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TUCoPS :: Linux :: Discontinued :: linuxasm.txt

The Linux Hacker's Intro to Assembly Language

The Linux hacker's intro to assembly language (Pt. 1) from L33tdawg

By: argc


Assembly language has it's many opponents who argue in this day and age
of ultra efficient, high level compilers understanding and coding in
assembly is a bit antiquated. While it is true that one can produce
fast, efficent code without assembly language, knowledge of assembly is
absolutely essential in understanding deeper computer architechture.
Knowledge of assembly is also vital in reverse engineering(cracking for
all you kiddies). And of course debugging high level languages is
difficult without assembly. But before you can get to all that stuff,
you've got to learn the basics.

The Main Course

Before we dig in to some source, a little introduction is in order. When
you program in assembly language, you have to tell your microprocessor
what to do, usually one machine instruction at a time. You are also
without alot of the "helping hand" capabilities of alot of high level
languages. Also if you're writing executables in a non-secure operating
environment(say like dos)you can wreak havok on your hardware if you
make mistakes. Luckily, Linux does a decent job of sheilding itself from
the mistakes of beginners.

The Cpu has extra fast memory spaces inside of it called registers. Cpu
registers are really the main workspaces of the processor. The Cpu
addresses(locates) the registers by referring to them by name. 386 and
later cpu registers are 32 bits in size. There are alot of registers
inside of a cpu, but most of them are used for special purposes. The
only ones we will be using in these exercises will be EAX, EBX, ECX,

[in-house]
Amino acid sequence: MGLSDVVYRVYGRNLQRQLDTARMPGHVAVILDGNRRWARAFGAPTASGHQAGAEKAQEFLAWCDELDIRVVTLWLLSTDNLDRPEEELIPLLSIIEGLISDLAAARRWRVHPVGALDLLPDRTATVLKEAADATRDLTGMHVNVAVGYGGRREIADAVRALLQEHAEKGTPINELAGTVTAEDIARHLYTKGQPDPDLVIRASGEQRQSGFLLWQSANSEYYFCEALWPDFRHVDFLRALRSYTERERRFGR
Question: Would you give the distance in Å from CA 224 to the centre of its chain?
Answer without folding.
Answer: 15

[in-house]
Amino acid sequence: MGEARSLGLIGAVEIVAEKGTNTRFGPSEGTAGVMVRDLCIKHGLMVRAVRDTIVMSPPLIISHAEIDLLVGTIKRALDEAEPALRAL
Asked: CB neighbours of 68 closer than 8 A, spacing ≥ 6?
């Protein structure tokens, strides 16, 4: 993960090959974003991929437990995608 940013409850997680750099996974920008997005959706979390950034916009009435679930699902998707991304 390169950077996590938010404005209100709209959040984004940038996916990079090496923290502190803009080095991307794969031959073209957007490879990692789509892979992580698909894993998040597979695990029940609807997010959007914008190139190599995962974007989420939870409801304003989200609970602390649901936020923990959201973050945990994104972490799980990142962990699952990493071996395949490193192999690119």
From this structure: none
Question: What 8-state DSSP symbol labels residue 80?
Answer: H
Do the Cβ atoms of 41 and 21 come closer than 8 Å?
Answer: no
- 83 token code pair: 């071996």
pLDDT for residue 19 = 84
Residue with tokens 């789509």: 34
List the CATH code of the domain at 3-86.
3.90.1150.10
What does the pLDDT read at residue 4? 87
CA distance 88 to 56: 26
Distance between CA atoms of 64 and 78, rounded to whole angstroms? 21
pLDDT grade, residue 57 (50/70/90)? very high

EDX. These registers are for general purpose and thus are called general
purpose registers.

On the Linux platform, you dont get unrestricted access to your
processor and hardware. For security reasons, your requests are relayed
to the kernel which then performs the requested instructions. The linux
kernel uses the c library of functions and system calls to process most
requests. To put it more simply, when assembly programming in linux, you
set up functions similar to the manner you do in c, and then call the
kernel to perform that operation. In order to make this clearer lets
write up a simple c program which calls one function and then translate
it into assembly code to further illustrate the point.

/* wrote.c--sample c prog */

main() {

char *buf = "This is your stringn";



All this prog does is display the string "This is your string" on the
screen. It uses the write() c function. In order to write equivalent
assembly code, a little more research is in order. To execute a system
call in assembly, you must set up your registers correctly and tell the
kernel what system call you would like to execute. System calls are
given specific numbers so you can load a register with the corresponding
system call number. Then call the kernel and the kernel will know which
call to execute. A list of system call numbers are listed in the file